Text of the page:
Many moons ago, I began my journey in education as a regular education and special education major. I made the decision to focus on both because I knew I would be faced with a diverse collection of learners. I wanted to meet their needs to the best of my ability. From my early experiences in college, I was exposed to a variety of needs that I would be charged with meeting in my own classroom; not just the needs of those who struggle academically. I also encountered students who were gifted, those whose behaviors impeded their learning, and those whose efforts were so poor that it was questionable as to whether their teachers would move them on to the next grade. Having experienced this early, and being thrust into a diverse and challenging population of learners my very first year of teaching, I feel I am all the better for it. I developed a strong philosophy early on–one that continually reminds me that I must strive to do my best for all learners. I feel the topics of these beginning chapters to blend together, in a sense, because they help us teach all students for understanding.
In this chapter, the authors address Response to Intervention (RTI), students with learning disabilities, students with moderate or severe disabilities, and those that are mathematically gifted. I chose to pull a few things I feel especially helpful/important…
Concrete, Semi-Concrete, Abstract (CSA)–Often referred to as Concrete, Representational, Abstract (CRA)
This instructional model is one I learned in college and was expected to use in lessons early. It begins with the use of tools/manipulatives to solve problems, moves to representation using drawings and pictures, and finally the use of only numbers, symbols, and/or mental thinking. I think the most important thing to remember is that students are not held back from reaching the abstract stage until they are “ready”. In solving any problem, students should be taken through all three stages so they can make a strong connection between models and the accompanying numbers and symbols.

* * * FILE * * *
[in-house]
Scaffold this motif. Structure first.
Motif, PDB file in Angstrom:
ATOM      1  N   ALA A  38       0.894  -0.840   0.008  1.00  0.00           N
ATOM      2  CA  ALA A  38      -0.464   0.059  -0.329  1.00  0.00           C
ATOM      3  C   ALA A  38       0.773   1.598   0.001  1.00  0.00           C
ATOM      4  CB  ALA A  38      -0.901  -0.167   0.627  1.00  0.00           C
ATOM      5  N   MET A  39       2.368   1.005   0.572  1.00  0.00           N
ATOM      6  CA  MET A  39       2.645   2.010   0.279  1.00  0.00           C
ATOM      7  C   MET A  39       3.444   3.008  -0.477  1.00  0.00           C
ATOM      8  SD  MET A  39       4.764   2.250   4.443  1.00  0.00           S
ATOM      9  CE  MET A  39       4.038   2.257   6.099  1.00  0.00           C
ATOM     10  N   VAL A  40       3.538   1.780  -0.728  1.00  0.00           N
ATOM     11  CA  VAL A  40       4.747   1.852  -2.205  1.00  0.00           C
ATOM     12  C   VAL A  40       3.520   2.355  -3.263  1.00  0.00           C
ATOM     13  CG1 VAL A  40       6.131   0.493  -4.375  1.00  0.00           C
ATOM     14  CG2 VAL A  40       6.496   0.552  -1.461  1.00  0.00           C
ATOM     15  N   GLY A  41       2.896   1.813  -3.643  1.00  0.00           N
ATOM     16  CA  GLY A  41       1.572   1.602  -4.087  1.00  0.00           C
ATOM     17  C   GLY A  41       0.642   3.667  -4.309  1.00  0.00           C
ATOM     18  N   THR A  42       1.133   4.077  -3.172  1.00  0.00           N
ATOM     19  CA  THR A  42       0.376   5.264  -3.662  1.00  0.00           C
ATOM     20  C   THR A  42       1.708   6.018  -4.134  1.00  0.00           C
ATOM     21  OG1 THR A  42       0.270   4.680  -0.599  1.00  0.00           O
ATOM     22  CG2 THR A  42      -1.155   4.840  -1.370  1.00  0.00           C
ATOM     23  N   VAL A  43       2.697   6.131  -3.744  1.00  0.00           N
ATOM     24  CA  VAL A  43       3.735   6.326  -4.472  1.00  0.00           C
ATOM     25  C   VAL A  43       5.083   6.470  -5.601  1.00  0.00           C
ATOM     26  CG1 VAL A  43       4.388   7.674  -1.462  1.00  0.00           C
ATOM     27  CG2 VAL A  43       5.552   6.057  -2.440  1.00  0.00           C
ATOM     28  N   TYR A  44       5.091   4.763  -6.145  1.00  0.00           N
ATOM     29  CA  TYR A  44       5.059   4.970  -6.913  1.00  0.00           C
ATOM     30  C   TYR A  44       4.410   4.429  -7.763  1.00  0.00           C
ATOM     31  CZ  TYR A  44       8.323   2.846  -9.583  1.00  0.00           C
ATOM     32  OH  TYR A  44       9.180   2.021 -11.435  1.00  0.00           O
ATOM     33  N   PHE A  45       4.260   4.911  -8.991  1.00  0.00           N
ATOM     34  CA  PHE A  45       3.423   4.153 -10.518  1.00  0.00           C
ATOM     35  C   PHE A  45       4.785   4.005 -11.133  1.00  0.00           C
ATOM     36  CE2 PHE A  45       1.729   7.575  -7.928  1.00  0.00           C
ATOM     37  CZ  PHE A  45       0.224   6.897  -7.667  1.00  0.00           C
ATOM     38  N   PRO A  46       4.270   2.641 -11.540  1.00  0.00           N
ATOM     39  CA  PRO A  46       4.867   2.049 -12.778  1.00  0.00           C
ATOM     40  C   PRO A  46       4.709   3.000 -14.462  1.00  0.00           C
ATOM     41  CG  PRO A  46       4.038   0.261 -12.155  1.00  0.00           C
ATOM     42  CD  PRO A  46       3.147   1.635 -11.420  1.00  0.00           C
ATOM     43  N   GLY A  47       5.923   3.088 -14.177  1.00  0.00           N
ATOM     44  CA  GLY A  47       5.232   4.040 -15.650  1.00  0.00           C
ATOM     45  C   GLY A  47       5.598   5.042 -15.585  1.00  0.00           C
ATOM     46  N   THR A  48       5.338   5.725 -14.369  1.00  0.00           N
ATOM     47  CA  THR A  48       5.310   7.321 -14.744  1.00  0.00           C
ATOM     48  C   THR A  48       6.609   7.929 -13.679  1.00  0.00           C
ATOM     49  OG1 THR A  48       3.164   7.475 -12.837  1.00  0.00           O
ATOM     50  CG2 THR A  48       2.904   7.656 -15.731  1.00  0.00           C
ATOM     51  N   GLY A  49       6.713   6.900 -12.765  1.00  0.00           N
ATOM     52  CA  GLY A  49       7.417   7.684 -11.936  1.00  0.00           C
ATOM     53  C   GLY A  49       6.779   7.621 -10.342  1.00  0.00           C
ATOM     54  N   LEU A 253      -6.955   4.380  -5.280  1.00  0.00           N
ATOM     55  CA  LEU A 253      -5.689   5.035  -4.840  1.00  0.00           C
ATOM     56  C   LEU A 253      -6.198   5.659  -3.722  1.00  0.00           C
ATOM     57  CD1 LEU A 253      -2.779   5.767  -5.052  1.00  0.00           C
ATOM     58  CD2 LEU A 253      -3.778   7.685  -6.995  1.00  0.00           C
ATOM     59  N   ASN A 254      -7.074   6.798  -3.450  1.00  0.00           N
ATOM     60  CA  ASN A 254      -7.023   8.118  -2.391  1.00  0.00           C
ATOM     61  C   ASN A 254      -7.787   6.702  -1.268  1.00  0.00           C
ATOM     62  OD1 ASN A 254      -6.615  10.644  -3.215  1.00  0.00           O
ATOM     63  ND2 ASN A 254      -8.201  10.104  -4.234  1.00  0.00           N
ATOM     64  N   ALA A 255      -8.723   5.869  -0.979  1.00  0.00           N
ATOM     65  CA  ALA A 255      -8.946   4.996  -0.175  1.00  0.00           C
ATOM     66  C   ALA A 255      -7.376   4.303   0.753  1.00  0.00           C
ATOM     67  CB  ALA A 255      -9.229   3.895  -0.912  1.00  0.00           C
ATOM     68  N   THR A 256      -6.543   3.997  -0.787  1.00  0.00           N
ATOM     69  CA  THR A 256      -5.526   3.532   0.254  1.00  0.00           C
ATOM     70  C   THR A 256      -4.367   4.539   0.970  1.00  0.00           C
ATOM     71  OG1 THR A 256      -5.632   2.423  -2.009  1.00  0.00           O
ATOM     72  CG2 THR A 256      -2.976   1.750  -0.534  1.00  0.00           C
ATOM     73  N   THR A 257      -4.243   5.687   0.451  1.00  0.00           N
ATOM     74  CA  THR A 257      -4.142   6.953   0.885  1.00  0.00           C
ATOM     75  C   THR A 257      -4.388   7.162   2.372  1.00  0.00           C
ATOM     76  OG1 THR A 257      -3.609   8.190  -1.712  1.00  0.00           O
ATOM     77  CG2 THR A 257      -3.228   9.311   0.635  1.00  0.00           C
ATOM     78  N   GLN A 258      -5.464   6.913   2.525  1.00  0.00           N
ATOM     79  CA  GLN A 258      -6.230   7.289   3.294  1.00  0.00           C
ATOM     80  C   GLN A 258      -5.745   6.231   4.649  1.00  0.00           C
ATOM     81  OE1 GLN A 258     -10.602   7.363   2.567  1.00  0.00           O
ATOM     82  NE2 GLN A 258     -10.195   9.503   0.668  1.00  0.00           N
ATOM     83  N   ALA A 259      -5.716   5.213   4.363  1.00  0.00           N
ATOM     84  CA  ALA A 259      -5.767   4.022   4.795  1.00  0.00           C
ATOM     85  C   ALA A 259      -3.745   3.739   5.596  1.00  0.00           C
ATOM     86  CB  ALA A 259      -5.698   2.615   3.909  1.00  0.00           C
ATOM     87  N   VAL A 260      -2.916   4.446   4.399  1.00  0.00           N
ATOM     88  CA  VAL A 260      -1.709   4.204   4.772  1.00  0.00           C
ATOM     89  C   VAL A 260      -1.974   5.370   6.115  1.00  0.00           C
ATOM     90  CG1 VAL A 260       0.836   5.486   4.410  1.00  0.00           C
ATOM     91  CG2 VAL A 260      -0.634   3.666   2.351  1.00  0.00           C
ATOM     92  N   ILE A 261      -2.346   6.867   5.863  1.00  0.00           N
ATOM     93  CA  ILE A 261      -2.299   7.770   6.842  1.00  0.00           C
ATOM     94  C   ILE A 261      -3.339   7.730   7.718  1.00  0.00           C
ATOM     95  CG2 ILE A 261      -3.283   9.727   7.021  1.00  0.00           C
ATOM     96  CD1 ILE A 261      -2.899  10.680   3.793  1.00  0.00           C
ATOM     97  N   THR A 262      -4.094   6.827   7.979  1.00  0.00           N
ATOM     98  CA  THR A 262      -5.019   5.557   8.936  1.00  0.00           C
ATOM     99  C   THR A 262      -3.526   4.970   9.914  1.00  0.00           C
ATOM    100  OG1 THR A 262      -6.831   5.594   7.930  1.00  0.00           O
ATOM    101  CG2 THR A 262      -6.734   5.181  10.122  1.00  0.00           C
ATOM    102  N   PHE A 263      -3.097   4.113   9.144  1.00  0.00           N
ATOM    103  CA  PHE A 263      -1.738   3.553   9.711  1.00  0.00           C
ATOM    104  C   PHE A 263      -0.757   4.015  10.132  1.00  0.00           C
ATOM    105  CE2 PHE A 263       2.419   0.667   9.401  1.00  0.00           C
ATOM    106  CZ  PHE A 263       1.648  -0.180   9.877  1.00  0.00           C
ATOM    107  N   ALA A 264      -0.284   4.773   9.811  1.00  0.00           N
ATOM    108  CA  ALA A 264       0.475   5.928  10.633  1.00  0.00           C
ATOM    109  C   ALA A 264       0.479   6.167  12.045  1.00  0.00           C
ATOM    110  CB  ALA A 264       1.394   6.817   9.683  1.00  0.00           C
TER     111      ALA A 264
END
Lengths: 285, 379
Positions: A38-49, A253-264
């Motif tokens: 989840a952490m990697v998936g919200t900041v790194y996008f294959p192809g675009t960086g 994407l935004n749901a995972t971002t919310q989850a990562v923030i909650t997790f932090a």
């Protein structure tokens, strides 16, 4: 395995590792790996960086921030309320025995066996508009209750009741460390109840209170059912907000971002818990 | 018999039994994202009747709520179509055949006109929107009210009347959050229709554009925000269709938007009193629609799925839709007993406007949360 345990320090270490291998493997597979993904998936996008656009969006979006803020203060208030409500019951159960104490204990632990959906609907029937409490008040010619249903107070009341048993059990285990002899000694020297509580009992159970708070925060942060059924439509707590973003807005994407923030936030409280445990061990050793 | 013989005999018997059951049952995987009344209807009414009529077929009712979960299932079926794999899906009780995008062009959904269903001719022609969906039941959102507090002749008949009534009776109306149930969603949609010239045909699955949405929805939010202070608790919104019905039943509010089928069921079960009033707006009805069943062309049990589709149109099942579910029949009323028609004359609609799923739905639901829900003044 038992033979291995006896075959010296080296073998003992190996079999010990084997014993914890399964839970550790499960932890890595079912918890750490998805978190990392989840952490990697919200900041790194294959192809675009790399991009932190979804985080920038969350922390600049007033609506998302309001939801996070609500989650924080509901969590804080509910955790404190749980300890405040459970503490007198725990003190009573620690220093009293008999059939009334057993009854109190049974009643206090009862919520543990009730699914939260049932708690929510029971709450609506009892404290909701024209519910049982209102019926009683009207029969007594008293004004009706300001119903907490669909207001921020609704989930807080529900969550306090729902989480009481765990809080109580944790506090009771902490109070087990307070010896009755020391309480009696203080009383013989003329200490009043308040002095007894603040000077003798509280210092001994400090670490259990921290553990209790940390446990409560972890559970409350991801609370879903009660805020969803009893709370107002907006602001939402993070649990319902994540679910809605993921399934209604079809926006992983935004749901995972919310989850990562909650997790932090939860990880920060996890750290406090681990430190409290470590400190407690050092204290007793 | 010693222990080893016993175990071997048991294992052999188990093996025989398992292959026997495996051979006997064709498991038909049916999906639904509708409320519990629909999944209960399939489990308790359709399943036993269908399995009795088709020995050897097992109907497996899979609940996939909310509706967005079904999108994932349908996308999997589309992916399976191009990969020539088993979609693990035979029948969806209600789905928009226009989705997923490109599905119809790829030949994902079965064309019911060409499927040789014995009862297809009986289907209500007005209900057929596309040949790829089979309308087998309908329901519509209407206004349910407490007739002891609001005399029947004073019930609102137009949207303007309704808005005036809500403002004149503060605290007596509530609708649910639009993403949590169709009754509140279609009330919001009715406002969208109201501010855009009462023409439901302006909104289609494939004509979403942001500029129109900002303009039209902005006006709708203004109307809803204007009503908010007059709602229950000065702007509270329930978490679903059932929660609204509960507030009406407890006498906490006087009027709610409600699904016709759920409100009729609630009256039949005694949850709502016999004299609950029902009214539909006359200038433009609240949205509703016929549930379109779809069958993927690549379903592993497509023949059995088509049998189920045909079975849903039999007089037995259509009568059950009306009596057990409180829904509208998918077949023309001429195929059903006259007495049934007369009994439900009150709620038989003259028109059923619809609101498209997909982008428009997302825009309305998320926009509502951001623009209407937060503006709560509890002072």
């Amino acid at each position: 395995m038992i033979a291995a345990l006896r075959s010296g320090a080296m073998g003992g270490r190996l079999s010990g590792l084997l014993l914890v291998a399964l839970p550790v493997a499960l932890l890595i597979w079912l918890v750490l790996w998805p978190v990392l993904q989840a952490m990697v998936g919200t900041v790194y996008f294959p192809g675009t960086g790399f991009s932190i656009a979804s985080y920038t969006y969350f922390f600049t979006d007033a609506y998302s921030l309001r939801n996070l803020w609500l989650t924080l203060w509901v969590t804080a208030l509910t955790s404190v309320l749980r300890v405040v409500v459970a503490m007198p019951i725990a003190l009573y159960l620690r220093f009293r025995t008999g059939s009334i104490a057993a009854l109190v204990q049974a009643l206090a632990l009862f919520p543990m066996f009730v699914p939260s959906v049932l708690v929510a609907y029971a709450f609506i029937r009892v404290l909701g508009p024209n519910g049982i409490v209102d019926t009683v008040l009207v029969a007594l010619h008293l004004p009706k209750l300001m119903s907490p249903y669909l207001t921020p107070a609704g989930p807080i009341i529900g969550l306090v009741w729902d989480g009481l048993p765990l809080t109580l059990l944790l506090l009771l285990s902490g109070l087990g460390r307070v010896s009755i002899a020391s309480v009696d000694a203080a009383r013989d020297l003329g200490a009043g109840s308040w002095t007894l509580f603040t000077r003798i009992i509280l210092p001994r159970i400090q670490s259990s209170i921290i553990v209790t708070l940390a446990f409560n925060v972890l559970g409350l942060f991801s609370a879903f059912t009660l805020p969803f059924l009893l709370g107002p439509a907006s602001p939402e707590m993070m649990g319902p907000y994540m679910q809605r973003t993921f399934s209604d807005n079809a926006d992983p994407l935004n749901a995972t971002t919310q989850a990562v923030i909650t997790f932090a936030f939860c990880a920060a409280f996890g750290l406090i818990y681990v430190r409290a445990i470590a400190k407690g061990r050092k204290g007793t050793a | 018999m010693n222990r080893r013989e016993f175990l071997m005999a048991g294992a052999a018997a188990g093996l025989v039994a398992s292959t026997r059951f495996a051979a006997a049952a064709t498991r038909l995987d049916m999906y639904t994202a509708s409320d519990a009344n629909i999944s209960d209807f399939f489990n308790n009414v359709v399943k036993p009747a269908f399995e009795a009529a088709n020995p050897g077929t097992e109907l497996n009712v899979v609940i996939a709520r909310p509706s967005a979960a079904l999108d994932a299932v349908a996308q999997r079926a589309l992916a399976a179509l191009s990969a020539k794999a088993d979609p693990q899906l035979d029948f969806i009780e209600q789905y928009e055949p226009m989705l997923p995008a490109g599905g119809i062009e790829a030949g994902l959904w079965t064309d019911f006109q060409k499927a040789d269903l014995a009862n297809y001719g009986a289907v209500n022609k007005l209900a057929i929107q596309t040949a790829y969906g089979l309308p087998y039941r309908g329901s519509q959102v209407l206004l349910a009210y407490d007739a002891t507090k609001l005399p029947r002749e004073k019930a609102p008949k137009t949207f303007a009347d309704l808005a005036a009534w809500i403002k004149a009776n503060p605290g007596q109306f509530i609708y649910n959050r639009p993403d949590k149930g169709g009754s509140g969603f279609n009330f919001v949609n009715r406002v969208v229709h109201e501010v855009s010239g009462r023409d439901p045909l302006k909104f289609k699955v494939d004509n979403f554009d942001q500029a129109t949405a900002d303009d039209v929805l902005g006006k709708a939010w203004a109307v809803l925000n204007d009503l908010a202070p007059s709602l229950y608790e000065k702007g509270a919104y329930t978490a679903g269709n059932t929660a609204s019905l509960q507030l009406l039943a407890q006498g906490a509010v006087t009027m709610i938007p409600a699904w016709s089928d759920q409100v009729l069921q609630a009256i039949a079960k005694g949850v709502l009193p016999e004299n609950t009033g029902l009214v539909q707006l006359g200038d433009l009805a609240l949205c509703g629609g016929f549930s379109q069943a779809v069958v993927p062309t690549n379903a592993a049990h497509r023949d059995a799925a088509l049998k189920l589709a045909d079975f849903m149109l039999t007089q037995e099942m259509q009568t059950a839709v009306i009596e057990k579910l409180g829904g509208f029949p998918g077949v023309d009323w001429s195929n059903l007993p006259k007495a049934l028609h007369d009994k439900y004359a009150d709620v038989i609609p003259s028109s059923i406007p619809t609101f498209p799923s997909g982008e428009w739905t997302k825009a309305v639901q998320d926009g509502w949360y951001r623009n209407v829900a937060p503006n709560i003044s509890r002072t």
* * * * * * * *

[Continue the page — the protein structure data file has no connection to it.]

During a think aloud, the teacher models the steps to complete a task while sharing his/her thinking out loud. The student/s have a parallel task and follow the teacher by imitating the process of talking through their solution. The authors remind us to assess the needs of students in order to begin where their thinking lies rather than simply relying on what we think to guided us. While we are providing a needed guide for students to help develop understanding, it is equally as important to instill in our students that they “must eventually learn to create a path to new learning on their own.”
Dos and Don’ts for the Mathematically Gifted
Do (when appropriate):
- Accelerate: A student moves on to more advanced content not addressed at the current grade level at a slow pace.
- Enrich: A student may work within the same topic as other students but his/her process and outcome differs.
- Increase Sophistication: A student explores a similar topic at a higher or more abstract level.
- Use Novelty: A student is exposed to completely different material not found in the regular curriculum.
- assign more work
- give free time when finished
- assign gifted learners to help struggling learners
- pull-out gifted learners
- give independent enrichment on the computer
To end the chapter, the authors asked another “Stop and Reflect” question that is a great reflection for all chapters thus far—one to really think about—“How is equity in the classroom different from teaching all children equitably?
We would love to hear your thoughts, so please feel free to leave a comment! Also, you will want to visit the other participating bloggers in the link up below.
Courtney will be here on Wednesday for a discussion of chapter 7, so come back and join us! I will see you next Sunday!
All the best for a wonderful week ahead!